Irish Seafood Chowder Mission

irish seafood chowder at Aqua Restaurant

I am on an Irish seafood chowder mission: where is the best seafood chowder in Ireland? Of course, this is not a comprehensive guide to Irish seafood chowder but simply a summary of what I have been tasting so far.




Seafood Chowder at The Harbour Bar, Rush

My first introduction to Irish seafood chowder was at The Harbour Bar, and it wasn’t even a traditional seafood chowder because it had tomato in it.

Irish seafood chowder The Harbour Bar
Seafood chowder The Harbour Bar

 

The consistency was quite creamy but probably less so than your average chowder, with the tomato adding some lightness and flavour, and some bits of carrots, which I wasn’t overly keen on. The main reason is that salmon and carrot look similar in a soup, and getting a spoonful of carrot when you expect salmon is disappointing. Having said that, my bowl was bursting with fresh fish and had some mussels in their shells, too. Of all the chowders I tasted later on, this was the only one with actual shellfish. The soup came with the most delicious wheaten bread, which was unbelievably good and moorish. The bread was so irresistible I almost preferred it to the chowder.

Seafood Chowder at Aqua Restaurant, Howth

A traditional seafood chowder, very creamy with chunky pieces of cod, haddock and salmon, and sprinkled with chopped dill, which added a pleasant aromatic note. In my opinion, some chunky cubes of carrot distracted from the overall flavour, although the chowder was, indeed, delicious.

Seafood chowder at Aqua Restaurant

Fancy trying seafood chowder from Aqua Restaurant at home, minus the view? Here’s the original recipe directly from restaurant’s website. According to the ingredients list, there are mussels in this dish, however at the restaurant they weren’t there, or at least not in my bowl.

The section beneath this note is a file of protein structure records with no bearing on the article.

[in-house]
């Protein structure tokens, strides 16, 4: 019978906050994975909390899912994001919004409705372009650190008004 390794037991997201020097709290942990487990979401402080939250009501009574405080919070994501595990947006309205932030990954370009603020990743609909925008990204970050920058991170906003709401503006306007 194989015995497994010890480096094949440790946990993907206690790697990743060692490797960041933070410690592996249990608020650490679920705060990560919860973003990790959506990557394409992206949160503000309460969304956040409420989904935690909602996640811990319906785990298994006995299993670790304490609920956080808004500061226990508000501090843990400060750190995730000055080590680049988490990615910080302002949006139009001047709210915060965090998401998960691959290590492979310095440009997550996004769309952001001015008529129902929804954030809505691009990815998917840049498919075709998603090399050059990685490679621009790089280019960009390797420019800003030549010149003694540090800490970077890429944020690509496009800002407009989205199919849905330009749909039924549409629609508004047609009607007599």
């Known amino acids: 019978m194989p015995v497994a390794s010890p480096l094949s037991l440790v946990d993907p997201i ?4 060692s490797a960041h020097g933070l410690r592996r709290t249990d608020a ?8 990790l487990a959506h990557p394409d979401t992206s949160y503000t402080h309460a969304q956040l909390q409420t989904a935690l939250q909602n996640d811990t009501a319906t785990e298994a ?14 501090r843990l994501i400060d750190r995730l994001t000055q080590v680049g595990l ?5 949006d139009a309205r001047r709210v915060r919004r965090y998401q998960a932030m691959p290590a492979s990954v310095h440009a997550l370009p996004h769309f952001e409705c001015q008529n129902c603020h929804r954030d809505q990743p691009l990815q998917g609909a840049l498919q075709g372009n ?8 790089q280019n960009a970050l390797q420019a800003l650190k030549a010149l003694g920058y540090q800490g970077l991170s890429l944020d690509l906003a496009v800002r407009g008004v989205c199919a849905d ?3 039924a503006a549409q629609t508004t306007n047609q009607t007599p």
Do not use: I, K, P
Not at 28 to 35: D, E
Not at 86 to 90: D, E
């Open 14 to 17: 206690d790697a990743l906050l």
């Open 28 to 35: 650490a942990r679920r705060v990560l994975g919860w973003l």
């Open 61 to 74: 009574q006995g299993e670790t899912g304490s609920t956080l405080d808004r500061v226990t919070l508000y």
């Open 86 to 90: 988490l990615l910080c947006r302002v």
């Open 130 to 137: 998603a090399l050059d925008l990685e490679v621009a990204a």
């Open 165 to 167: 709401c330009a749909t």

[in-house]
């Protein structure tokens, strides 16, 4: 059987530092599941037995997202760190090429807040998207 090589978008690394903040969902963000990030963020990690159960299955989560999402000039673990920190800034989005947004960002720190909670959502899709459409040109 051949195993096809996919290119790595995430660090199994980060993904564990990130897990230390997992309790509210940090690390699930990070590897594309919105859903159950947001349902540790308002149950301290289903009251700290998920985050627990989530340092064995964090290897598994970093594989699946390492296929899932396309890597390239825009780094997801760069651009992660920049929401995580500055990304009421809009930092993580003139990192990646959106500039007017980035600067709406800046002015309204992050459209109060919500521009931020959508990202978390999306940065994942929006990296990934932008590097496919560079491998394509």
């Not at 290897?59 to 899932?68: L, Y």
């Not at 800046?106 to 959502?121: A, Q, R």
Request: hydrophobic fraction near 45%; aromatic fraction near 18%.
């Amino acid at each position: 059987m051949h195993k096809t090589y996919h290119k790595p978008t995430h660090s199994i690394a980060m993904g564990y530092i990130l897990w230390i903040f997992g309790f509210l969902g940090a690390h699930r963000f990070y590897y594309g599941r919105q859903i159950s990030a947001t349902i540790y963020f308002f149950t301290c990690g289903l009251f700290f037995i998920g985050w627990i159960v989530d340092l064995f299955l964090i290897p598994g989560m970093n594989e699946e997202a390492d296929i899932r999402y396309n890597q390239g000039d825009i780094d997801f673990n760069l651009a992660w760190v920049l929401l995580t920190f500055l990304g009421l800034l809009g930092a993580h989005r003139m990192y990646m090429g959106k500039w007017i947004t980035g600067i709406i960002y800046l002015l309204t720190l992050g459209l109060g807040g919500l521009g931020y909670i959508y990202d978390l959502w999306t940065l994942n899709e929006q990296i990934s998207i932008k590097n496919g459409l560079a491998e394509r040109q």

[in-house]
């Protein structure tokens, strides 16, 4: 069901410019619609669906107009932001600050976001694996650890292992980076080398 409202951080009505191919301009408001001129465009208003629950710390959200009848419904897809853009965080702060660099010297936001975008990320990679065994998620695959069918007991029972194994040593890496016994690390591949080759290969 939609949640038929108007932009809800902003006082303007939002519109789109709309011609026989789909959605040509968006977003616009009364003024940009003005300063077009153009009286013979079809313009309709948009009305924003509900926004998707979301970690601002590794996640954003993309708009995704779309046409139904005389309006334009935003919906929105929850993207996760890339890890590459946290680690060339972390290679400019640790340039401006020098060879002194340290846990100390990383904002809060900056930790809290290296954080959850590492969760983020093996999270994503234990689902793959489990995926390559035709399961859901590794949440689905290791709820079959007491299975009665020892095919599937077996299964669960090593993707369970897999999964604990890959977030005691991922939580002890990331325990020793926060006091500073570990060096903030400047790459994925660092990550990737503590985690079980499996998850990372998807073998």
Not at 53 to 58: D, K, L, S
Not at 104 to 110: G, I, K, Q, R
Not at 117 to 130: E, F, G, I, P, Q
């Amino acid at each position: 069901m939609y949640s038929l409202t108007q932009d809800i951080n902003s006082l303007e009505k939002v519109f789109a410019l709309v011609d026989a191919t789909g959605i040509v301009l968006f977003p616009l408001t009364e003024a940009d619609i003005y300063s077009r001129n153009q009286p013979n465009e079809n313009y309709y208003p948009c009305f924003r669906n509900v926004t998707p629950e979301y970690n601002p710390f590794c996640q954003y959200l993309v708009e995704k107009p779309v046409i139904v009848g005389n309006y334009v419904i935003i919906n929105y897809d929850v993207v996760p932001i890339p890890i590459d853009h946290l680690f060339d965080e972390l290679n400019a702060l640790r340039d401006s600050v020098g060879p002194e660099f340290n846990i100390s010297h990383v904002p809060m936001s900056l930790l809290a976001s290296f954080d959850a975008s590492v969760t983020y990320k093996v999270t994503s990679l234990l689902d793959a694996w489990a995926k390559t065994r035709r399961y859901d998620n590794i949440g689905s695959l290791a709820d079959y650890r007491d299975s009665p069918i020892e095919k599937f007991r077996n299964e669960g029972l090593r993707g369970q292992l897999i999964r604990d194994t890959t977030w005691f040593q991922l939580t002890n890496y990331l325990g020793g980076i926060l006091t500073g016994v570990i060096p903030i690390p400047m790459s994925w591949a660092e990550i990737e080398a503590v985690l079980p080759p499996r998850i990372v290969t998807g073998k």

According to Donal Skehan, Howth seafood chowder is enriched with pancetta, thyme, bay leaves and smoked salmon for garnish.

Seafood Chowder at Fish Shack, Malahide

This place may be more for casual dining but there was nothing casual about this seafood chowder. It was cooked beautifully and had plenty of chopped celery (and not one carrot in sight), which I prefer, flavour-wise. The chowder had a good amount of fish and the flavours were well balanced. It packed a punch being so thick and creamy, and it could have been a meal in itself. It came with some sourdough bread.

Seafood chowder at Fish Shack

Of all the chowders I have tasted, this was the cheapest and most delicious, so from my very limited experience it was the overall winner.

Homemade Seafood Chowder Mission: Challenge Accepted

After tasting different types of seafood chowder and finding out what I enjoyed most from each, I decided to try cooking seafood chowder from scratch. I started my research looking at the most popular recipes online and combined them together to create a simplified, cheap and cheerful version. Most recipes require fish stock but I preferred to use a vegetable stock cube because it’s more practical.

INGREDIENTS

250 gr fresh fish mix (pieces of salmon, cod, haddock, coley from the supermarket)

1 lt vegetable stock (1 stock cube with 1 lt water)

2 stalks of celery cut into 2 cm pieces

1 medium carrot cut into 1 cm pieces

4 baby potatoes cut into small cubes

10 sprigs of fresh dill, finely chopped

1 leek, sliced thinly

1 medium onion, chopped

1 tablespoon olive oil

1 tablespoon vegetable oil

50 gr unsalted butter

50 gr plain flour

50 ml white wine

250 ml crème fraiche

salt and freshly ground pepper to taste

METHOD

Melt the butter in a large pot on a low heat, then add the oils. Add the carrot, celery, onion and leek and cook for at least 10 minutes to soften the vegetables but without getting colour. Add the potatoes and cook slowly for five minutes. Add the flour and cook for 1-2 minutes until it absorbs all the fat but without turning brown. Add the wine and let it evaporate, then add the vegetable stock. Cook for another 10 minutes on a medium heat to soften all the vegetables.

Add all the fish (if you want to use prawns, add them during the last two minutes of cooking) and let it poach gently for not more than five minutes. Turn the heat off.

In a bowl, pour the crème fraiche and then add a ladle of the hot liquid from the soup from the large pot to loosen the cream, then add it to the seafood chowder. Mix gently to incorporate all the cream in the soup taking care not to break the pieces of fish.

Taste to check for seasoning and add salt and freshly ground pepper as required.

Serve in individual bowls sprinkled with fresh chopped dill. As an accompaniment, I chose brown Irish soda bread and butter.